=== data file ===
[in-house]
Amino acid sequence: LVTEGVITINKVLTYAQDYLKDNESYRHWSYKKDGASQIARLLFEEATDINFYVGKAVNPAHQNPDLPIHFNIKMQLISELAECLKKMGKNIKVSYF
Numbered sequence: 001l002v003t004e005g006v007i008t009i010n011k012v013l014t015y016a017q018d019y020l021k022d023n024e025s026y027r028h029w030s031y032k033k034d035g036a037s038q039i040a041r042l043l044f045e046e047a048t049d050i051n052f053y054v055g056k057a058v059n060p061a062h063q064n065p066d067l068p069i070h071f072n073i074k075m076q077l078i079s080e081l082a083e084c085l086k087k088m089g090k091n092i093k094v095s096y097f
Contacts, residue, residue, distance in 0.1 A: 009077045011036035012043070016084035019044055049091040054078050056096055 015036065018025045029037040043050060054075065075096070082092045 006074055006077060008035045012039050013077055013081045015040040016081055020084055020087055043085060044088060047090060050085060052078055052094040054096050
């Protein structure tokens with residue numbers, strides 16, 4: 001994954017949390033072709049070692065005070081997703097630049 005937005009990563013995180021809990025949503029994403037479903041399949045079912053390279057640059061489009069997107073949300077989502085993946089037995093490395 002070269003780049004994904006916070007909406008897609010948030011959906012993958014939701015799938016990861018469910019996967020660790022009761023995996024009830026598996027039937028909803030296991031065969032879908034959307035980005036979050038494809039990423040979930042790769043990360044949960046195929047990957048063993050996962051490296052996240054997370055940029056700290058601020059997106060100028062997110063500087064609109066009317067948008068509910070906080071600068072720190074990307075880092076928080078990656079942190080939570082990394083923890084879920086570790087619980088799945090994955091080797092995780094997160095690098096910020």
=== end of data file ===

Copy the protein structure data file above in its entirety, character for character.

[in-house]
Amino acid sequence: LVTEGVITINKVLTYAQDYLKDNESYRHWSYKKDGASQIARLLFEEATDINFYVGKAVNPAHQNPDLPIHFNIKMQLISELAECLKKMGKNIKVSYF
Numbered sequence: 001l002v003t004e005g006v007i008t009i010n011k012v013l014t015y016a017q018d019y020l021k022d023n024e025s026y027r028h029w030s031y032k033k034d035g036a037s038q039i040a041r042l043l044f045e046e047a048t049d050i051n052f053y054v055g056k057a058v059n060p061a062h063q064n065p066d067l068p069i070h071f072n073i074k075m076q077l078i079s080e081l082a083e084c085l086k087k088m089g090k091n092i093k094v095s096y097f
Contacts, residue, residue, distance in 0.1 A: 009077045011036035012043070016084035019044055049091040054078050056096055 015036065018025045029037040043050060054075065075096070082092045 006074055006077060008035045012039050013077055013081045015040040016081055020084055020087055043085060044088060047090060050085060052078055052094040054096050
């Protein structure tokens with residue numbers, strides 16, 4: 001994954017949390033072709049070692065005070081997703097630049 005937005009990563013995180021809990025949503029994403037479903041399949045079912053390279057640059061489009069997107073949300077989502085993946089037995093490395 002070269003780049004994904006916070007909406008897609010948030011959906012993958014939701015799938016990861018469910019996967020660790022009761023995996024009830026598996027039937028909803030296991031065969032879908034959307035980005036979050038494809039990423040979930042790769043990360044949960046195929047990957048063993050996962051490296052996240054997370055940029056700290058601020059997106060100028062997110063500087064609109066009317067948008068509910070906080071600068072720190074990307075880092076928080078990656079942190080939570082990394083923890084879920086570790087619980088799945090994955091080797092995780094997160095690098096910020």